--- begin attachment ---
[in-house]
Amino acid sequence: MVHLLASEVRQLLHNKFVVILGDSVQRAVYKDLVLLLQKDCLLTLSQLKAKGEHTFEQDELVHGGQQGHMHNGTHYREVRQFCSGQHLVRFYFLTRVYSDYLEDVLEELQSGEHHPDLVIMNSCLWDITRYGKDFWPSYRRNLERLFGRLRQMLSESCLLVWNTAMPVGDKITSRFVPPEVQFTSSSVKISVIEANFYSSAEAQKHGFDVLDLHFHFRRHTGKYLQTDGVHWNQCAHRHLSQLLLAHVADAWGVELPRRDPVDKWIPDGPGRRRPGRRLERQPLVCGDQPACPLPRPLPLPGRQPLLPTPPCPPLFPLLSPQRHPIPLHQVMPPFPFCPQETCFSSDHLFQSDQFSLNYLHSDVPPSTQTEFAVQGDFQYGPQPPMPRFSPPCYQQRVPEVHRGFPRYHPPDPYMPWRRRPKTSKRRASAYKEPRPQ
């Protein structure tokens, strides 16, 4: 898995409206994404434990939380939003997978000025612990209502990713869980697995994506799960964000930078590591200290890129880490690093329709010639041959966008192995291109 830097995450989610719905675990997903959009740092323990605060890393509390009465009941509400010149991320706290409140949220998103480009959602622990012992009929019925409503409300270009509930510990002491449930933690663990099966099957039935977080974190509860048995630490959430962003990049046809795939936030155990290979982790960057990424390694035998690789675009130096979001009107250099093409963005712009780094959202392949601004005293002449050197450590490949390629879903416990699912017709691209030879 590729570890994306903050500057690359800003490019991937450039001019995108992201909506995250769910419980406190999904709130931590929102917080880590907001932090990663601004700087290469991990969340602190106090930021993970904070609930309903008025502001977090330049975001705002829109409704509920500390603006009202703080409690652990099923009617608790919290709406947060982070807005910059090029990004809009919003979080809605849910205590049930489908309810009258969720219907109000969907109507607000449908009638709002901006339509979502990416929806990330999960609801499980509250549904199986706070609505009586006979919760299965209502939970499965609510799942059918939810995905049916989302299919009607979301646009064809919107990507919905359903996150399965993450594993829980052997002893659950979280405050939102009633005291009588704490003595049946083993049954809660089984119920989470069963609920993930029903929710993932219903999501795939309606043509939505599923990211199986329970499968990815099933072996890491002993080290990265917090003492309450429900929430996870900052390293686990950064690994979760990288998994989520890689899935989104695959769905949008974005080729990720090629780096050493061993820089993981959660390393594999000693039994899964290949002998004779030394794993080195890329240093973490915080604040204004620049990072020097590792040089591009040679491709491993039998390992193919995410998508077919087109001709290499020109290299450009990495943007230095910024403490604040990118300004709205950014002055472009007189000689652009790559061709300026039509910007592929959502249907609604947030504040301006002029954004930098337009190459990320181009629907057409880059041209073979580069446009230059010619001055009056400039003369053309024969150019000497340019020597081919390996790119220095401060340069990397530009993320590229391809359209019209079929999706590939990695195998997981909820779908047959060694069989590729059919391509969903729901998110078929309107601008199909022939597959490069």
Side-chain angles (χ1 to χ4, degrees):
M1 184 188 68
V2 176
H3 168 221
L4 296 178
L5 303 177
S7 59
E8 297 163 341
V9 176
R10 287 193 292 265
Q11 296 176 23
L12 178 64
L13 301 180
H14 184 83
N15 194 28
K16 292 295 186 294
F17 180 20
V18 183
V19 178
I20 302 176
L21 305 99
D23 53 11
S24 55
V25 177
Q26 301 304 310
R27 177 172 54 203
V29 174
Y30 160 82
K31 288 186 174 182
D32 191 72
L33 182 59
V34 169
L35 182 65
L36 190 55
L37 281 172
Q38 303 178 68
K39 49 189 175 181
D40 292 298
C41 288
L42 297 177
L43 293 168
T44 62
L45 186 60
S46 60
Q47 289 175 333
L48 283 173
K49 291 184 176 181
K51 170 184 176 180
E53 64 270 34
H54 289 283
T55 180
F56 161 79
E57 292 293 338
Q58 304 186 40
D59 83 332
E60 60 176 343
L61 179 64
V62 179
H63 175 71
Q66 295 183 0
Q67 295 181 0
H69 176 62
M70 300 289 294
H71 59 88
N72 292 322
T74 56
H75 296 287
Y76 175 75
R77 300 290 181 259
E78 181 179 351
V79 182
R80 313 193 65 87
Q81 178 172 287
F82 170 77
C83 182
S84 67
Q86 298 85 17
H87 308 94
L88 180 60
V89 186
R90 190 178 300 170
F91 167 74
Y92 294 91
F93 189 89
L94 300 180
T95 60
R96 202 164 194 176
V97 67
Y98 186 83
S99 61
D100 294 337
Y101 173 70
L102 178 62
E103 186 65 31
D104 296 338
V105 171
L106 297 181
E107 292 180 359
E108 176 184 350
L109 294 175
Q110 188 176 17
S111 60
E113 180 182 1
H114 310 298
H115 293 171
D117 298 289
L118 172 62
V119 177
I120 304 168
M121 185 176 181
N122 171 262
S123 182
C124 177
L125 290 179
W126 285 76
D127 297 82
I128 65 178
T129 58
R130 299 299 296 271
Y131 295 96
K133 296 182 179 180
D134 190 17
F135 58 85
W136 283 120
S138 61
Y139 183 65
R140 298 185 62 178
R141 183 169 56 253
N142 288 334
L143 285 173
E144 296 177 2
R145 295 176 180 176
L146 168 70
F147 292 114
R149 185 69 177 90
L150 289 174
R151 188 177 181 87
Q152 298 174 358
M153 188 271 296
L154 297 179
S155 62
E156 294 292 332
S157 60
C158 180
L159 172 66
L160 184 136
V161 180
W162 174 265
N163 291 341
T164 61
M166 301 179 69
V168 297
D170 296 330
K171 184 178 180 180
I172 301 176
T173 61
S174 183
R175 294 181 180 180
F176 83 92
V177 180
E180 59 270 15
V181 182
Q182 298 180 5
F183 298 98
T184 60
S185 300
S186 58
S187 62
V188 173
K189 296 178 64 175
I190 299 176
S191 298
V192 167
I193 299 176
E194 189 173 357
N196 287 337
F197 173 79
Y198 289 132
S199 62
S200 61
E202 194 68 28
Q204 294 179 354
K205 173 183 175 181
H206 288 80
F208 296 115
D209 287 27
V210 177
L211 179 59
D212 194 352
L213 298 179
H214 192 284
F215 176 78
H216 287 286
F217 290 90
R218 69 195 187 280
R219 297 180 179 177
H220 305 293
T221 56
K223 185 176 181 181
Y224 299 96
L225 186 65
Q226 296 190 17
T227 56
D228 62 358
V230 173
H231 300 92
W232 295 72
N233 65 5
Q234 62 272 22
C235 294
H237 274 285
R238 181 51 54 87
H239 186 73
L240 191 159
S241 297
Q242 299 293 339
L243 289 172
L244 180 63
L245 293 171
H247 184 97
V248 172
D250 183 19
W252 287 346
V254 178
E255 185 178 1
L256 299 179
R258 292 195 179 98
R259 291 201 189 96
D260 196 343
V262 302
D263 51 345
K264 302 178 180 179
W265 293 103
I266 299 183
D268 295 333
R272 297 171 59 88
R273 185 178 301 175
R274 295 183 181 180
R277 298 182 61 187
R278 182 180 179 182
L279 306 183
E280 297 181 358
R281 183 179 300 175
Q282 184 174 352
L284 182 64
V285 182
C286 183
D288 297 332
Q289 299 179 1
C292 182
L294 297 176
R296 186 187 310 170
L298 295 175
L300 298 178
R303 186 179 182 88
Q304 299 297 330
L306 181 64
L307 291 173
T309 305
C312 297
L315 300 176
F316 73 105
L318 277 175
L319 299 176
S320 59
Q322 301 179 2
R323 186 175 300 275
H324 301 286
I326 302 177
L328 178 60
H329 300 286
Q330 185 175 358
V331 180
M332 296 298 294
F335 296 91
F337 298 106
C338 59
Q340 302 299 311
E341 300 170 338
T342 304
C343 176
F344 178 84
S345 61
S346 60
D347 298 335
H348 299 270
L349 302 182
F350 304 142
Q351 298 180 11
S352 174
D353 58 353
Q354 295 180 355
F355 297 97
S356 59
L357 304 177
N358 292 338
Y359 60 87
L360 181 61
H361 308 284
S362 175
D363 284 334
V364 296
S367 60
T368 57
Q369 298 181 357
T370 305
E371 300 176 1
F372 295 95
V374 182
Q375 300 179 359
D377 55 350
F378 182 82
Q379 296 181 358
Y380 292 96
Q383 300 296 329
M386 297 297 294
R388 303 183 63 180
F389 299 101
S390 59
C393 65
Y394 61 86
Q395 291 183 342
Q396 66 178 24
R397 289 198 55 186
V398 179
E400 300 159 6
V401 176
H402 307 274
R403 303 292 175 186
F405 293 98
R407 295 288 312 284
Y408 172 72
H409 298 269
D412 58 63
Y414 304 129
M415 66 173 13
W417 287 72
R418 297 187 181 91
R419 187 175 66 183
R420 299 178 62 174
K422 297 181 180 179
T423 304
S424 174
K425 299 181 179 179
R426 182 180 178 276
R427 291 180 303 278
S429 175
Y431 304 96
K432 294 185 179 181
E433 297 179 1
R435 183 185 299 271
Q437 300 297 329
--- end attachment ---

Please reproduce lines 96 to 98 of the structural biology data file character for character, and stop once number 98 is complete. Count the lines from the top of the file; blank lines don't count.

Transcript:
L102 178 62
E103 186 65 31
D104 296 338